2B - September 23, 2013
The Michigan Daily - michigandaily.com
Grounded untilfurther notice
EAST HARTFORD, Conn. -
Jn order to enter or exit
Rentschler Stadium, you
have to drive on wide,
repurposed roads that used to
hold airplanes. The stadium was
built on an old airport - the
parking lots flank the old run-
in a 24-21 win
At thisE COOK
was the fluke.
Maybe we Icarus'd, got too close
to the lights, where we got blind-
ed by the spectacle of the Notre
Dame game and flew over the
increasingly apparent problems
of this football team.
Half of Michigan's games this
season have been utter disap-
pointments. It's time for the
expectations of this season to be
tapered, at least for now and at
least until this team improves on
what it's needed to improve on
since Week 1.
Last week against Akron
could have been an aberration,
an escape against a bad team.
Those games happen to even the
Saturday, though was not an
Saturday was a bad game
against a bad team, the second
game ina row where the Wolver-
ines had to claw back against a
team they should have beaten by
Saturday was a week after
fifth-year senior offensive tackle
Taylor Lewan said, "It was truly
embarrassing for Michigan
that we came out like that. We
will not come out here like this
And yet, they did. The Huskies
led by two touchdowns late in
the game, and the Wolverines
needed a stunningly athletic
interception from junior line-
backer Desmond Morgan to
Redshirt junior quarterback Devin Gardner and the rest of the Michigan football team dazzled under the lights against Notre Dame. But since, they have shownm ajor issues on both sides of the ball.
escape against a team that lost to
an FCS opponent earlier in the
Before the season, Michi-
gan had three main problems
to address: the inexperienced
offensive line, the decision mak-
ing of redshirt junior quarter-
back Devin Gardner and the play
of the secondary against deep
And after Saturday, what's
UConn beat every member of
the Wolverines' secondary deep
except for redshirt sophomore
Blake Countess and averaged
almost 10 yards a completion.
Th offensive line couldn't get.
anything resembling a push in
the first half while Gardner was
sacked three times. A shakeup
on the interior line was needed
after Notre Dame, and with a bye
week coming, it will almost cer-
tainly happen now.
And most of all, Gardner
looked like the same old Gardner
- too athletic for his own good
with a mind-numbing disregard
for keeping care of the ball.
Smart reads were finished by
carelessness. On a fourth-down
play late in the game, Gardner
muscled his way for a first down
but left the ball open. He recov-
ered his own fumble, but it was
behind the first-down marker.
He finished the game with
two interceptions, his fourth and
fifth in the last two games. Gard-
ner leads the country in turn-
overs by a wide margin, despite
the fact that Michigan has been
favored to win by more than two
touchdowns in three of the four
games it's played this season.
This isn't Ohio State, Nebraska
or Penn State - these are teams
that were supposed to help Gard-
ner get his footing in his first full
year as the starting quarterback.
"There's a lot of learning
going on, to be honest with you,"
Michigan coach Brady Hoke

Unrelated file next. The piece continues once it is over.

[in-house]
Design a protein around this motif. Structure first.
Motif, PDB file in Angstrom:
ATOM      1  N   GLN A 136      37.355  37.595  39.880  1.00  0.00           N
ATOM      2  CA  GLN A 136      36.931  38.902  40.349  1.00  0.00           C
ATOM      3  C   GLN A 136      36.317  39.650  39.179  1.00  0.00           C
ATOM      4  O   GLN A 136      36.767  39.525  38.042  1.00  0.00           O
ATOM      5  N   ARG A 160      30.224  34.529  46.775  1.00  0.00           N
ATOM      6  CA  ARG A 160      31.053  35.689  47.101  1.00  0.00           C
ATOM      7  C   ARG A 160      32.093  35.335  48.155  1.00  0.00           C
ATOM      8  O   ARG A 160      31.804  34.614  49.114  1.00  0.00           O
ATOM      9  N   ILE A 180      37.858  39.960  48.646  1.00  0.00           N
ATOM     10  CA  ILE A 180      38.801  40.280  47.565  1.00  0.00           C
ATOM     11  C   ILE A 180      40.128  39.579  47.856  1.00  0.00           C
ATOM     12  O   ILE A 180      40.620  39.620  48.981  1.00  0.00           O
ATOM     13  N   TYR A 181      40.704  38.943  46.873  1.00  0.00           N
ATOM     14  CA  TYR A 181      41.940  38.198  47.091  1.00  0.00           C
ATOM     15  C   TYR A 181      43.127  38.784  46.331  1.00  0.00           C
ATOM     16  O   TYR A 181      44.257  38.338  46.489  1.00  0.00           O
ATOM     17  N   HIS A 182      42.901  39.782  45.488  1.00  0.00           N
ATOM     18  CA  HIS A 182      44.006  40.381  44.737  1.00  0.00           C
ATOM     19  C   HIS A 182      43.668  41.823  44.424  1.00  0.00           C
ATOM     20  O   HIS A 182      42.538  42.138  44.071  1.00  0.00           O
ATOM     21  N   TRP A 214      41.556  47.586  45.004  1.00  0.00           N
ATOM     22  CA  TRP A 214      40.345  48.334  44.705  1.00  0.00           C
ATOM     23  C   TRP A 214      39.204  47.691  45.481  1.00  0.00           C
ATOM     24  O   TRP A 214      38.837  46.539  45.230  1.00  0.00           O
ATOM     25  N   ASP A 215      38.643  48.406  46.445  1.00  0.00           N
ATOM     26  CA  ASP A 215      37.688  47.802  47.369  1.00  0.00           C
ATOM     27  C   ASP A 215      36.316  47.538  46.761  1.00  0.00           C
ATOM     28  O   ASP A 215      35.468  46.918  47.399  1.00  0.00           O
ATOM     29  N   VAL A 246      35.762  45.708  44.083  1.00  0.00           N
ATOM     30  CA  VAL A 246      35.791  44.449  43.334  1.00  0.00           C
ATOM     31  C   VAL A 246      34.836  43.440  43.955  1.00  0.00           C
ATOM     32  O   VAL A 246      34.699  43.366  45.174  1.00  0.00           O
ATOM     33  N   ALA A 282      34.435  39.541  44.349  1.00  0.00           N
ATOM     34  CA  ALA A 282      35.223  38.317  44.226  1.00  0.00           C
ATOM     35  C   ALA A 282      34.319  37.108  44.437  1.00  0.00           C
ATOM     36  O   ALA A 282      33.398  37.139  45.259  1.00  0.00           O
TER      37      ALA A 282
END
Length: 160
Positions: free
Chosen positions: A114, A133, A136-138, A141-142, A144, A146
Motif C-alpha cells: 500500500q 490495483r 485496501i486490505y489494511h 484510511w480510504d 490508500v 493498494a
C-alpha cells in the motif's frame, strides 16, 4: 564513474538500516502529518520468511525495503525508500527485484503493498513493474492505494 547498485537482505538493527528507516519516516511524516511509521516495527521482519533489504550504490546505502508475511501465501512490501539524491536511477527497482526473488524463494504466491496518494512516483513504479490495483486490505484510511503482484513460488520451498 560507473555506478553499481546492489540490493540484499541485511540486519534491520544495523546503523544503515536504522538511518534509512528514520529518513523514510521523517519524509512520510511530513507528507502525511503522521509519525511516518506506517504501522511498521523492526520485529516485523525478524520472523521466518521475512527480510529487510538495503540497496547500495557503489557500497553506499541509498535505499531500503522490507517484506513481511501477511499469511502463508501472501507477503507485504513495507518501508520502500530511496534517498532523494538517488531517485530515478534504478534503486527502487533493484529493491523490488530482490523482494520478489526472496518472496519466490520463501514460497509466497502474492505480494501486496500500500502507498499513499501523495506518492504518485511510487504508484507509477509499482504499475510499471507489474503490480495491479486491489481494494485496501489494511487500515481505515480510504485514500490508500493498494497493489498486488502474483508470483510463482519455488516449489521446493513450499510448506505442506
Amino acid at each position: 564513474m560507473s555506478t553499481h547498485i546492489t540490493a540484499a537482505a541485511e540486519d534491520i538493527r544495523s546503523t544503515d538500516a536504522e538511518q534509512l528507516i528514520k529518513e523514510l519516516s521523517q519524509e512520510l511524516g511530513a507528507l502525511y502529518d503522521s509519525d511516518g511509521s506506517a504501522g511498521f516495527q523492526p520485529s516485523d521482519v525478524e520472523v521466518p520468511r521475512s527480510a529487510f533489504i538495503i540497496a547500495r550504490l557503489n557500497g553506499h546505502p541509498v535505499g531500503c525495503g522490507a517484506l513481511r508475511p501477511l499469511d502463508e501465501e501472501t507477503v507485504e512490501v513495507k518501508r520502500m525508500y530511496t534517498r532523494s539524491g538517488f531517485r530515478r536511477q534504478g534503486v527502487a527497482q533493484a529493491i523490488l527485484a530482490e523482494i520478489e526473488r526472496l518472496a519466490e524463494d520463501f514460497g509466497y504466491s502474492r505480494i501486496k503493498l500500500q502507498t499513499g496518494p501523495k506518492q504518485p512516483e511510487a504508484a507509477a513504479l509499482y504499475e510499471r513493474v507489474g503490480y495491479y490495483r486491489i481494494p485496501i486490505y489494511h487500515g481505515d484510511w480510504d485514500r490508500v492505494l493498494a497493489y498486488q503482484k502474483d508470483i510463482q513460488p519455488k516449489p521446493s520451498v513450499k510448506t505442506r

said. "There's alot we put on
his shoulders. I think he keeps
learning every time he goes out."
Instead, Michigan goes limp-
ing into the bye week, unde-
feated in principle but with more
problems than ever before.
After the game, Hoke said
that he wouldn't have expected
Michigan to be 4-0 with as many
turnovers as they've had. He
didn't use Gardner's name, but
the message was pretty clear
"The first interception was
tipped, and any time that hap-
pens I have a hard time putting
that right on the guy who threw
the football," Hoke said. "We
just have to keep working and
be conscious of how we are han-
dling situations at times. Throw-
ing the ball out of bounds is
pretty good, the offense gets the
ball back or gets to punt. We've
just got to keep running home
Substitute the word "we" out
with the word "Gardner." Make
more sense? It's not Michigan
that has to be conscious of how
they are handling the ball - it's
Expectations might have been
too high, but they aren't now.
They are resting comfortably on
the runway, underneath Gard-
ner's giveaways and Lewan's
empty promises, 30,000 feet
below where we were blinded by
Cook can be reached at
email@example.com and on
By LEV FACHER in the final set and allowed
Daily Sports Writer Michigan to pull away from the
Bobcats, closing out the non-
With upcoming games against conference schedule on a posi-
two top-15 Big Ten opponents, tive note.
it would have been easy for the "The great thing with our
Michigan volleyball team to offense is that we're very bal-
look past the Michigan Invita- anced," Rosen said. "Somebody's
tional. But before the Wolverines going to be open. Right now, we
could face Penn State and Ohio have five attackers that can all
State, they had to go through No. get kills."
24 Ohio, with the tournament The Wolverines led by as many
championship on the line. as five points early in the first set
in the end, Michigan main- before Ohio cut their lead to two.
tained its focus, defeating Ohio Michigan pulled out the win,
in five sets Saturday night to thanks in part to an emphatic
clinch first place in its home block from Cross that pushed the
tournament. The win improves score to 24-18.
the Wolverines' record to 10-1 Erwin got the second set start-